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Standardization in Quantitative Imaging: A Comparison of Radiomics Feature Values Obtained by Different Software Packages On a Set of Digital Reference Objects

M McNitt-Gray1*, S Napel2 , J Kalpathy-Cramer3 , A Jaggi2 , D Cherezov4 , D Goldgof4 , H Yang5 , E Jones6 , M Muzi7 , N Emaminejad1 , M Wahi-Anwar1 , Y Balagurunathan8 , M Abdalah8 , B Zhao5 , L Hadjiiski9 , L Pierce7 , K Farahani10 , (1) David Geffen School of Medicine at UCLA, Los Angeles, CA, (2) Stanford Univ School of Medicine, Stanford, CA, (3) Massachusetts General Hospital, Boston, MA, (4) University of South Florida, Tampa, FL, (5) Columbia University, New York, NY, (6) UCSF, San Francisco, CA, (7) University of Washington, Seattle, WA (8) Moffitt Cancer Center, Tampa, FL, (9) University of Michigan, Ann Arbor, MI, (10) National Cancer Institute, Bethesda, MD


(Tuesday, 7/16/2019) 4:30 PM - 6:00 PM

Room: 304ABC

Purpose: Many groups are developing predictive models based on radiomics features. The purpose of this work was to investigate the agreement and variations in these features as computed by several software packages using standardized quantitative imaging feature definitions and common image datasets.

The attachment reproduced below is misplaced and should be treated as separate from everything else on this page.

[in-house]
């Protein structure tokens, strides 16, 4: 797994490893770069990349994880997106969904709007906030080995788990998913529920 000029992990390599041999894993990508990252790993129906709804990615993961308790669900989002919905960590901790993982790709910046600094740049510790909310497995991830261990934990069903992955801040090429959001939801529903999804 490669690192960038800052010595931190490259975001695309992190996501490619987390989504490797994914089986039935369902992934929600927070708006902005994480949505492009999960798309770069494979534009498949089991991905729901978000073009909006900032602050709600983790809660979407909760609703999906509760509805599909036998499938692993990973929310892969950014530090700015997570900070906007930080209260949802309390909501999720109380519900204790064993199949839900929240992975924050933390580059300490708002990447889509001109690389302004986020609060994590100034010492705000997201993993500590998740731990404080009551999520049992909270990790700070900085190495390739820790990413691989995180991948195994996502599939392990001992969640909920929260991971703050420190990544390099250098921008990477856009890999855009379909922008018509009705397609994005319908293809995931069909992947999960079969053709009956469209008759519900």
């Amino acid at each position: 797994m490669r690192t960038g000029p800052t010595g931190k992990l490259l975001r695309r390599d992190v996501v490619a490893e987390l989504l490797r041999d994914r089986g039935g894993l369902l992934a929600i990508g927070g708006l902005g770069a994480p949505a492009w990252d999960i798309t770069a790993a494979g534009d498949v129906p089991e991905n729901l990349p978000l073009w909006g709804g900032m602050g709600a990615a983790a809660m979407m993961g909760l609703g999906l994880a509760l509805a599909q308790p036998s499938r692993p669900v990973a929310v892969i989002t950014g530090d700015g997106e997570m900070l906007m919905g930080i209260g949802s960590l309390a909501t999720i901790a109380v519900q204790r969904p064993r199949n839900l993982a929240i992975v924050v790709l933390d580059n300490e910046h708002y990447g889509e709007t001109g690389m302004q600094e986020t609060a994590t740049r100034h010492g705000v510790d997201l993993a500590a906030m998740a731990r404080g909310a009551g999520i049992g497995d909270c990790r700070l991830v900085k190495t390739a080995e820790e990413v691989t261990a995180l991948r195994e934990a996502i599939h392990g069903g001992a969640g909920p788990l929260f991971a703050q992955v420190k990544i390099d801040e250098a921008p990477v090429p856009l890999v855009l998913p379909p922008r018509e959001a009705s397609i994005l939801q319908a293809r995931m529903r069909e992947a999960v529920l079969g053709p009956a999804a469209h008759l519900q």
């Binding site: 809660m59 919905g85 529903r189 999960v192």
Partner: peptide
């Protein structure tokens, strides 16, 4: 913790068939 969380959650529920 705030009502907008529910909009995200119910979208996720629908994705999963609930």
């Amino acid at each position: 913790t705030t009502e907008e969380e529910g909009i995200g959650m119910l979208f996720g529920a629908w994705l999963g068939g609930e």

Methods: Seven sites from the NCI’s Quantitative Imaging Network PET-CT working group participated in this project. First, nine commonly used quantitative imaging features were selected for comparison and included features that describe morphology, intensity, shape and texture. A standard lexicon developed by the International Biomarker Standardisation Initiative (IBSI) was adopted as the feature definition reference. Each site described their software package’s implementation for each feature, based on the lexicon. Three 3D Digital Reference Objects (DROs) were developed specifically for this effort: a uniform sphere, a sphere with intensity variations, and a complex shape object with uniform intensity. To eliminate variation in radiomics features caused by segmentation differences, each DRO was accompanied by a Volume of Interest (VOI), from which the features were calculated. Each participating site reported the computed feature values for each DRO. The percent coefficient of variation (CV) was calculated across software packages for each feature on each phantom.

Results: Eight sets of results were submitted. Six of the nine features demonstrated excellent agreement across submissions with CV < 1%, including: Approximate Volume, 2D diameter, 3D diameter, Mean Intensity, Standard Deviation and Kurtosis (with Fisher adjustment). Larger variations (CV 15% and higher) were observed for Surface Area, Sphericity and GLCM Entropy Texture features, which are being investigated further.

Conclusion: By computing a subset of nine common radiomics features using a variety of software packages on DROs, we have shown that while several features agree strongly, others do not. This highlights the need for standardization in feature definitions and proof of equivalence of computational methods.

Funding Support, Disclosures, and Conflict of Interest: Supported by the National Cancer Institute's Quantitative Imaging Network (QIN) through the following grants: U01CA181156; U01CA187947; U01CA154601; U01CA143062; U01CA225427; U01CA225431; U01CA148131; U01CA179106


Quantitative Imaging, Image Analysis, Computer Vision


IM- CT: Quantitative imaging/analysis

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